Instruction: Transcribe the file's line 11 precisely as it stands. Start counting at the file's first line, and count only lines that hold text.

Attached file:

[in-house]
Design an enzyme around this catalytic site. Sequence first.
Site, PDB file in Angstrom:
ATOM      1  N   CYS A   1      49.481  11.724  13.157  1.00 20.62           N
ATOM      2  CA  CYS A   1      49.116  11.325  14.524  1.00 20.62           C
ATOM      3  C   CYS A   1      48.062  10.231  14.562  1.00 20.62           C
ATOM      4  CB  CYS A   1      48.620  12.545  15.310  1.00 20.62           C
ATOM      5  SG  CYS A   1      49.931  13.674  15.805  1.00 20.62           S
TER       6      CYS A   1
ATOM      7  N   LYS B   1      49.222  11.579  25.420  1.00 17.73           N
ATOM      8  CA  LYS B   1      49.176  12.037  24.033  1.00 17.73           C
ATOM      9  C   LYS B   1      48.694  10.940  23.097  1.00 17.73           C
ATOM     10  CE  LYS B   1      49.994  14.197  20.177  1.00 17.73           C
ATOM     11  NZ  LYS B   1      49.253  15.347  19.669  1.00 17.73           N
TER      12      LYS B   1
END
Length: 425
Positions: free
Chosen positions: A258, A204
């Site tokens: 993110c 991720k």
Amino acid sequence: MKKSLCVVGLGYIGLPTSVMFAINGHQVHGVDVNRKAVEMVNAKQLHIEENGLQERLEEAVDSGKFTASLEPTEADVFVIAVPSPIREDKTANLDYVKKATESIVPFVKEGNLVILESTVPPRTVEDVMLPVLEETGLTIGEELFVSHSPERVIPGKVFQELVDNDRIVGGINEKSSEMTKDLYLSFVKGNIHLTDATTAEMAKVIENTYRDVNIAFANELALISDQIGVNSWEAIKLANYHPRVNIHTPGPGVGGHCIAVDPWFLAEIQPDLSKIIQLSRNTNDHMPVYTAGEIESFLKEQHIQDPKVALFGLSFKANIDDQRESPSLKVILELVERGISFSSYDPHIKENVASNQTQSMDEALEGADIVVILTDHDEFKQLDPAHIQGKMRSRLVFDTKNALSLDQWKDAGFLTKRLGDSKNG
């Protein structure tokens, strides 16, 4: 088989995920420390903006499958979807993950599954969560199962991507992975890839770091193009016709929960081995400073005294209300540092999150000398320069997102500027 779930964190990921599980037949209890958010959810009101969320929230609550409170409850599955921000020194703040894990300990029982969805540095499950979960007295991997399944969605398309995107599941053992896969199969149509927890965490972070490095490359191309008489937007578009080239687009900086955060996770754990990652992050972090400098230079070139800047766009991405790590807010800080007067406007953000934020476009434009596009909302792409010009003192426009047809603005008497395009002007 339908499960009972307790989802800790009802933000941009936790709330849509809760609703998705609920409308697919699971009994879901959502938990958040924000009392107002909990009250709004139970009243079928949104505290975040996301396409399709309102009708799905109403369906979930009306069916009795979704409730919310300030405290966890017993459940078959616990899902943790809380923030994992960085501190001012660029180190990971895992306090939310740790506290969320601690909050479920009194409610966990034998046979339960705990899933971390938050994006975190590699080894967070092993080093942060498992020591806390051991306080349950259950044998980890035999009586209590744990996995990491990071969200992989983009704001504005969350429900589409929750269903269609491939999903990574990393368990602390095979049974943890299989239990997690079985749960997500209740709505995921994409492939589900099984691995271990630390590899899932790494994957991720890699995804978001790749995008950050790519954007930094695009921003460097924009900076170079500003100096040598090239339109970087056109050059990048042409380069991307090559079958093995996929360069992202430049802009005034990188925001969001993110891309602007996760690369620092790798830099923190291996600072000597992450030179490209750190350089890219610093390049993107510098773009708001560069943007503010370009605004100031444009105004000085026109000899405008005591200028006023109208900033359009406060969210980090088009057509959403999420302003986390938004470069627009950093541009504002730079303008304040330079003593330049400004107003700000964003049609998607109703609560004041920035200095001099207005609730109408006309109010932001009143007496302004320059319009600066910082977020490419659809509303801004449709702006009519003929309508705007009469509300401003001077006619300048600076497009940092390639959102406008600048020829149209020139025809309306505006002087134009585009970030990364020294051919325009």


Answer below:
ATOM      8  CA  LYS B   1      49.176  12.037  24.033  1.00 17.73           C